Consumer Society and Choice

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A consumer society is a post-industrial term used to describe the fact that society is characterised more by what people consume and less by the jobs they do or goods they produce (Hetherington, 2009). As our relationship with consumerism has changed so too have the choices available of why, when, where and how we consume. The first part of this assignment will look at the characteristics of a consumer society, the choices available and identify the divisions created from unequal choices. The second part will consider the role of the Big four supermarkets (TESCO, Asda, Sainsbury and Morrison’s) in providing choice to people. The term consumer society goes beyond the mere act of shopping and the functional use of goods with contemporary…show more content…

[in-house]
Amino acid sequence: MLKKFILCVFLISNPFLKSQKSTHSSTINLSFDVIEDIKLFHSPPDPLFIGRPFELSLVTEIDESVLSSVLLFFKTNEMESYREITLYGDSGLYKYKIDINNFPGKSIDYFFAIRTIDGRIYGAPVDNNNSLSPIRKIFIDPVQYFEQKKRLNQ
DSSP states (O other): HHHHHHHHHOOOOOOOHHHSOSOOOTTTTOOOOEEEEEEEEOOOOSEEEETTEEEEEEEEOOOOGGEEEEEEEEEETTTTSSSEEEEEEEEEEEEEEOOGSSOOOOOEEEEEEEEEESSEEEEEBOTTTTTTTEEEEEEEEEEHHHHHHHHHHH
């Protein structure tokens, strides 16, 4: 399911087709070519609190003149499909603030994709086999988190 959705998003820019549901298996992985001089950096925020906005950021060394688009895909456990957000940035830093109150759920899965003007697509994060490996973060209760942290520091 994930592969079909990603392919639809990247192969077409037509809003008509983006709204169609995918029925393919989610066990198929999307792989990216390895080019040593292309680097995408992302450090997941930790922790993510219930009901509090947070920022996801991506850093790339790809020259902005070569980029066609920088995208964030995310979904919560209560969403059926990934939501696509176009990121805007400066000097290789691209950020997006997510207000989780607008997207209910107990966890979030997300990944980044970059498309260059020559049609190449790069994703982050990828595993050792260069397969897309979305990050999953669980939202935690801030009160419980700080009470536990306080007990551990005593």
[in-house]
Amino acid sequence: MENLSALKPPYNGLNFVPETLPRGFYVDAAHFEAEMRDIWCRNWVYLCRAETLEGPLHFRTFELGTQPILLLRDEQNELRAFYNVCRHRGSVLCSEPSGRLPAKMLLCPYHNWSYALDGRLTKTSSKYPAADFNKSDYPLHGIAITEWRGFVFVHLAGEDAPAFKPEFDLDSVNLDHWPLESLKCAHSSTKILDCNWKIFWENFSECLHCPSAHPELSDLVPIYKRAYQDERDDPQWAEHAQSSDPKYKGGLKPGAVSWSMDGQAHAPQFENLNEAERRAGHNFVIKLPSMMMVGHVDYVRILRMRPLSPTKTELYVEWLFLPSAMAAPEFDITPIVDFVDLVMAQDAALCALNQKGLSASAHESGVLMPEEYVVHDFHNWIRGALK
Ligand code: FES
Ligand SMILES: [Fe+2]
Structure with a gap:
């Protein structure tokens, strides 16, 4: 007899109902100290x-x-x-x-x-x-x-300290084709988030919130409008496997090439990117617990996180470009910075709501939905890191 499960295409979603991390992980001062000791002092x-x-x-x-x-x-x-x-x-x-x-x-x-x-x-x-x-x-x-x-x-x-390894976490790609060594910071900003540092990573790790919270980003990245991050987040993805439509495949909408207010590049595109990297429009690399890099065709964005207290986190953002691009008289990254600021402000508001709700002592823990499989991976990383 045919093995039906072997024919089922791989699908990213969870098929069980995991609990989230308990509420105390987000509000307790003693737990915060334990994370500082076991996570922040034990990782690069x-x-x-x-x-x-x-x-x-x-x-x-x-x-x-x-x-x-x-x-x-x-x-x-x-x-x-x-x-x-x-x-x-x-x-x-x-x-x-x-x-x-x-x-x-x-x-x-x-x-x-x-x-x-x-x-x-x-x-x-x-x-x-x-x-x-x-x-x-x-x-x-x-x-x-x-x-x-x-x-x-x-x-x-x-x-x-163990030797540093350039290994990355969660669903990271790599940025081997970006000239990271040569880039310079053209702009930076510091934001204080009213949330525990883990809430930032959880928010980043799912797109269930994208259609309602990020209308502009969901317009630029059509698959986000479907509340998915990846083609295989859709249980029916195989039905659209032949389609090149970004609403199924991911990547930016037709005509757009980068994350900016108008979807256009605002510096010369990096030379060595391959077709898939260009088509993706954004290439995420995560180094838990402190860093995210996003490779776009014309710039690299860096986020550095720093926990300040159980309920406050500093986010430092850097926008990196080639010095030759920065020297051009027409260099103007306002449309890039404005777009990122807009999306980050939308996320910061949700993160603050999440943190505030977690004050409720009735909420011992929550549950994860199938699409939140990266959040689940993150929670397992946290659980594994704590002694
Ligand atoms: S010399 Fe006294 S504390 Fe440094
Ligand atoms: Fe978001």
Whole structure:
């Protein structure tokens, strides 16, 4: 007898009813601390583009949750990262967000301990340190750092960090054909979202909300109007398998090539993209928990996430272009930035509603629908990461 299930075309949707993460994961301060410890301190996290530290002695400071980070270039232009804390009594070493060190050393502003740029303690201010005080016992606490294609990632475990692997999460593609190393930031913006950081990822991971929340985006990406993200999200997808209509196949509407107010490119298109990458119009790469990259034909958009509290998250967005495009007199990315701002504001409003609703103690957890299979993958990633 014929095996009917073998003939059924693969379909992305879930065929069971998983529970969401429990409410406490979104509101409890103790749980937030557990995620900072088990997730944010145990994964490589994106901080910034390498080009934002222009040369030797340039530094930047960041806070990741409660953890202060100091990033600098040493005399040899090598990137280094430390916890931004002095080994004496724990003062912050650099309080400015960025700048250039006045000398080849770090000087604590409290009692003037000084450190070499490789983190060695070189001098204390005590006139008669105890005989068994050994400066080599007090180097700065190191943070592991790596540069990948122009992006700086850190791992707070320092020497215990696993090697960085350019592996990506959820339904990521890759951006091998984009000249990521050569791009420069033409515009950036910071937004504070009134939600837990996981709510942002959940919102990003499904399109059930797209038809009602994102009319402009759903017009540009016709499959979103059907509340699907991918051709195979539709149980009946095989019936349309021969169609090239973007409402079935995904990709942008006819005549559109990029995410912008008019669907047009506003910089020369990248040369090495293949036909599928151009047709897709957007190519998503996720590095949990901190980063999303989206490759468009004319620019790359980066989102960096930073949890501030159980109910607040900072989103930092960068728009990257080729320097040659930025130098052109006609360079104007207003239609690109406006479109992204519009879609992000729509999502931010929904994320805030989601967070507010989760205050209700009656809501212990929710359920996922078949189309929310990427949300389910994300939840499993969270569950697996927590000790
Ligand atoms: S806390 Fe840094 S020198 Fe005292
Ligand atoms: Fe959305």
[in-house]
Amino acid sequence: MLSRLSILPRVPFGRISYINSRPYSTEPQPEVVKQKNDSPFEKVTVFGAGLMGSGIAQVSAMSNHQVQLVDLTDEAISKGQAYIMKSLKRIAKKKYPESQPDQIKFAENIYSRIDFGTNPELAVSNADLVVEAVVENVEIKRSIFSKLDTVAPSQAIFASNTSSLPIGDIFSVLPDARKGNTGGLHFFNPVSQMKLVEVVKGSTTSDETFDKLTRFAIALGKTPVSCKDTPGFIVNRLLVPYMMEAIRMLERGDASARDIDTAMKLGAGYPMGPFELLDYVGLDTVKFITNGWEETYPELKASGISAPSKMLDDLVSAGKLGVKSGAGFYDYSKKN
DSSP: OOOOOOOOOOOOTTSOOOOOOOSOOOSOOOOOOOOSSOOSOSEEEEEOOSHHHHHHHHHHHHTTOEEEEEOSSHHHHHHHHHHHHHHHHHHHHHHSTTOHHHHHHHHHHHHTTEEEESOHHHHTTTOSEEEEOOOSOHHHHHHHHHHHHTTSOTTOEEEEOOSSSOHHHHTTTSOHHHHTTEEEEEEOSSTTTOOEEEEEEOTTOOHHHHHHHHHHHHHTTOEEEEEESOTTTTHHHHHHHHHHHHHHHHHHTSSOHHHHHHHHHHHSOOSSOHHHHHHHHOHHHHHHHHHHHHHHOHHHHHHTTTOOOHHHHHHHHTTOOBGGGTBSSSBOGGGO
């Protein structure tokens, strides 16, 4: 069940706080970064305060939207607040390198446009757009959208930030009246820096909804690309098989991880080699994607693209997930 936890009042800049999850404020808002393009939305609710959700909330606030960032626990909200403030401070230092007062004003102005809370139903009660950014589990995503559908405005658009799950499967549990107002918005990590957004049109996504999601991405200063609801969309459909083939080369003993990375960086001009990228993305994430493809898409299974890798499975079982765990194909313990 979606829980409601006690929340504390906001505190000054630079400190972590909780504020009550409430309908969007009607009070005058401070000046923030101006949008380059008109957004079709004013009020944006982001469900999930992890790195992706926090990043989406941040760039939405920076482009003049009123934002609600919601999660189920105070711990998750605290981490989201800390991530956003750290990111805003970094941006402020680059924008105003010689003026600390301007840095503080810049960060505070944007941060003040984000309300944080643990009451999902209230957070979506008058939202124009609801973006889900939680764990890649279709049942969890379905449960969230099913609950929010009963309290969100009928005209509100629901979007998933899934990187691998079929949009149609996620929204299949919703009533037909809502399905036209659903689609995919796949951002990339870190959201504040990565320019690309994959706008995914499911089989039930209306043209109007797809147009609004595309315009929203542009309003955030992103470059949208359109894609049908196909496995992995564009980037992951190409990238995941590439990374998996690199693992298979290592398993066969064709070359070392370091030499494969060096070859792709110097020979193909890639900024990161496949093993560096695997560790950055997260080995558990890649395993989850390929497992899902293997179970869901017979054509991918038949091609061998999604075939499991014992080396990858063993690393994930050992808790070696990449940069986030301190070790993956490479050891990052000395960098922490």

Larger stores also offer people the convenience of additional services along with their shopping, for example post office, pharmacy and opticians. By addressing consumer’s expectations and using their buyer power they can offer a choice of products to reflect consumer’s diverse budgetary, dietary, ethical and environmental requirements. Furthermore their global buyer power enables consumers to benefit from choosing exotic produce all year round. With 30,000,000 customers (Bevan cited in Allen, 2009) choosing to use the big four supermarkets on a weekly basis it would suggest that they provide a format that consumers want. Supermarkets also claim that their economic leverage enables them to benefit local communities by building stores and providing social and economic regeneration packages. One such example is Linwood, on the outskirts of Glasgow (Allen, 2009). The closure of a main employer left the centre of Linwood economically scarred. A proposal to build a new Tesco supermarket in the area and attract other special retailers to the ailing Town Centre was met with enthusiasm by local residents. Supporters of supermarkets advocate that everyone within the supply chain (customers, communities and suppliers) benefit from supermarkets, a concept Dennis Wrong terms the “positive sum game” (Allen, 2009). Anti-supermarket campaigners have a counterclaim that the big four abuse their dominant position in the marketplace and restrict
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